A new driver will cost you about $300-$500 while a good used one on Ebay or in discount sporting good stores will sell for about $100-$150. Keep in mind that drivers are the clubs most examined and talked about on the course -- so whether buying for yourself or for a gift, these are the clubs that get bragging rights, so for a lot of guys, getting a well-known club is worth the extra expense. If you are a purist who doesn't care about the latest and greatest, you can probably save a lot of money by buying a lesser-named driver. You can browse the up-to-date list of best-selling golf drivers here - we'll have links below to the recommended clubs as well.

Best Golf Driver:

The best golf driver based on user ratings and comparisons was actually 3 that tied at the top of the list. The (RECOMMENDED) TaylorMade RocketBallz Driver ($250) rates high for accuracy and length and comes in lofts of 9 degrees up to 12. They do offer a left handed version and users say the forgiveness is what makes this club so easy to use. The driver gets great marks for feel, ball flight, and distance. The Mizuno MX700 ($130) is another top selling golf driver with excellent feedback from golfers who say it is "consistent, long, and straight" with some mid-range handicappers gaining 40 yards off the tee. We found golfers with lower handicaps rated the Mizuno higher for feel and accuracy while higher handicappers said they got better ball flight and trajectory. You might wonder were the Nike Golf Men's VRS showed up - Nike tied for 2nd place in the survey. The Nike was good in distance, but "just average" in terms of forgiveness which kept it off our "best" list, but still a popular, good driver. The (RECOMMENDED) Callaway XHot Driver is another favorite year in and year out, and you can usually pick it up for less than $175 (you may also want to check out the new Callaway RAZR Hawk Tour Driver -- browse all Callaway drivers here). So as a general rule, you can't go wrong buying a Callaway or Taylormade driver, and specific Nike and Cleveland will also make you a happy golfer.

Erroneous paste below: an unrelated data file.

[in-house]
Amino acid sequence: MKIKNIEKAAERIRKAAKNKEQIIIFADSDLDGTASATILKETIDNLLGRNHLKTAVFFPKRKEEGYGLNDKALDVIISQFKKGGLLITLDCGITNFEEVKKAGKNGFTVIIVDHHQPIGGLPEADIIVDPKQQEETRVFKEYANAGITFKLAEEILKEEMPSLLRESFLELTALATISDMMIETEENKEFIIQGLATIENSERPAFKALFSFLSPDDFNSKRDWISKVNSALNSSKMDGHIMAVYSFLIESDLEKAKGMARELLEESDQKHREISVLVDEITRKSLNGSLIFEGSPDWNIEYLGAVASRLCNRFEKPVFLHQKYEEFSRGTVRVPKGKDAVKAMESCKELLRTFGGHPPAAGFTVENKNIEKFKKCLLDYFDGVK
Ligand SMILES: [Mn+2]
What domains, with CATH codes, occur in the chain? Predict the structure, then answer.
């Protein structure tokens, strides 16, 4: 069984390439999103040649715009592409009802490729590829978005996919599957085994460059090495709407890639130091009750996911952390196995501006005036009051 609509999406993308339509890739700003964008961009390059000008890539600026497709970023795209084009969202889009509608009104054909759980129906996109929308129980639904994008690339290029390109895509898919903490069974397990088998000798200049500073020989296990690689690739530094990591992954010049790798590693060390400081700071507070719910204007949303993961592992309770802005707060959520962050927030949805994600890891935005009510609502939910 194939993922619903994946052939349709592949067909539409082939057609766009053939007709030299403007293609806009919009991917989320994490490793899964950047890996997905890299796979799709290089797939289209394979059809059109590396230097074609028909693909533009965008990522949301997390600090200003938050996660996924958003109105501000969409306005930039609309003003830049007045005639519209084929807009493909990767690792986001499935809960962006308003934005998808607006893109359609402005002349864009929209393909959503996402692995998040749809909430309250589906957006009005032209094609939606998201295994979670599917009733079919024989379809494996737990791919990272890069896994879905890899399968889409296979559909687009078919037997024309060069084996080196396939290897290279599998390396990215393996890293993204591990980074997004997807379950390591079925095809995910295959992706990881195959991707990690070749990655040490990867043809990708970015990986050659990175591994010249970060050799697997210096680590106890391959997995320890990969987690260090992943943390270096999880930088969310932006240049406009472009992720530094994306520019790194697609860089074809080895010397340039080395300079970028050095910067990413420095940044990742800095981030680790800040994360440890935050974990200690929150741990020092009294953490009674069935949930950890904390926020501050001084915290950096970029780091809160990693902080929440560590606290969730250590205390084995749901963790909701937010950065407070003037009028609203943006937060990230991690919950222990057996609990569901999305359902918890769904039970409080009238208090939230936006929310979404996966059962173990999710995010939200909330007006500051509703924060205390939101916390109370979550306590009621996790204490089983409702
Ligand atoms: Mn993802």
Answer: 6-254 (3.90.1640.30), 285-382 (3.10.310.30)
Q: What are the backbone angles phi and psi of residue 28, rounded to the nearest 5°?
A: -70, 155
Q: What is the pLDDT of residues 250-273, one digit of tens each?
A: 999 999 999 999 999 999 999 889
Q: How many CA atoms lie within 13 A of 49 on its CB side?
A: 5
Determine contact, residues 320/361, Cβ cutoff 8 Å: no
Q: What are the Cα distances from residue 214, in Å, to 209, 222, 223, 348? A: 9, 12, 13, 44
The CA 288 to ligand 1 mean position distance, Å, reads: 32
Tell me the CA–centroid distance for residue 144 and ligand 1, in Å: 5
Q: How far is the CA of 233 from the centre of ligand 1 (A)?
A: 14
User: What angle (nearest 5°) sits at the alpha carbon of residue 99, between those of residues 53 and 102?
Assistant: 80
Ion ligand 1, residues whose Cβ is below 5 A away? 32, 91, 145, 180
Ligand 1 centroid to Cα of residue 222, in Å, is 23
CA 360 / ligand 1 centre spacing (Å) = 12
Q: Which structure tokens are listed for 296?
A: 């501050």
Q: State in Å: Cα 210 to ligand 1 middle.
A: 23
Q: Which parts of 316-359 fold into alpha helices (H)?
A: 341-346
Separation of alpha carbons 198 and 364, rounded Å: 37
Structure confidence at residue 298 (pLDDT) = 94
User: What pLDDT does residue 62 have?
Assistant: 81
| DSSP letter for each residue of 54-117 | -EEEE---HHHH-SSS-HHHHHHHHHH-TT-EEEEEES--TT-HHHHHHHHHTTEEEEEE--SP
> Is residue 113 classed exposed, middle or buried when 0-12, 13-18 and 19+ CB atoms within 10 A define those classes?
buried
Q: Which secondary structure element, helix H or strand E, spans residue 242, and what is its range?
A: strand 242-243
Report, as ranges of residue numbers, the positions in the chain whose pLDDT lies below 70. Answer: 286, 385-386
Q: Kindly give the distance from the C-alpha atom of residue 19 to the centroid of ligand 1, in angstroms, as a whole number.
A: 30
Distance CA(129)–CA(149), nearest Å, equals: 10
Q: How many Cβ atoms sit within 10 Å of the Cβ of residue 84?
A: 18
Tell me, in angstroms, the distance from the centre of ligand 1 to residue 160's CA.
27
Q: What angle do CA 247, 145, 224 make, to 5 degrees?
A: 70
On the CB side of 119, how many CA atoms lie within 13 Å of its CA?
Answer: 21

Moveable Weight Driver:

Taylor Made makes some great golf clubs and PGA tour pros love them. We think the (RECOMMENDED) TaylorMade Men's R11 Driver is the best moveable weight driver out there. The large clubhead gives you high MOI and forgiveness which translates into long, straight drives. The TaylorMade R11 is meant for a mid to low handicapper and comes available for right or left handed players. Players will need to tinker a bit with the Flight Control Technology which is adjustable as well as the Adjustable Sole Plate which changes the face angle. I've played with both of the R7 and R11 and love their feel, though I can't swear that moving the weights around really improves my shots. These clubs are fairly expensive, but a good driver should last you for at least 5 years. Take a peak at the entire Taylormade collection here.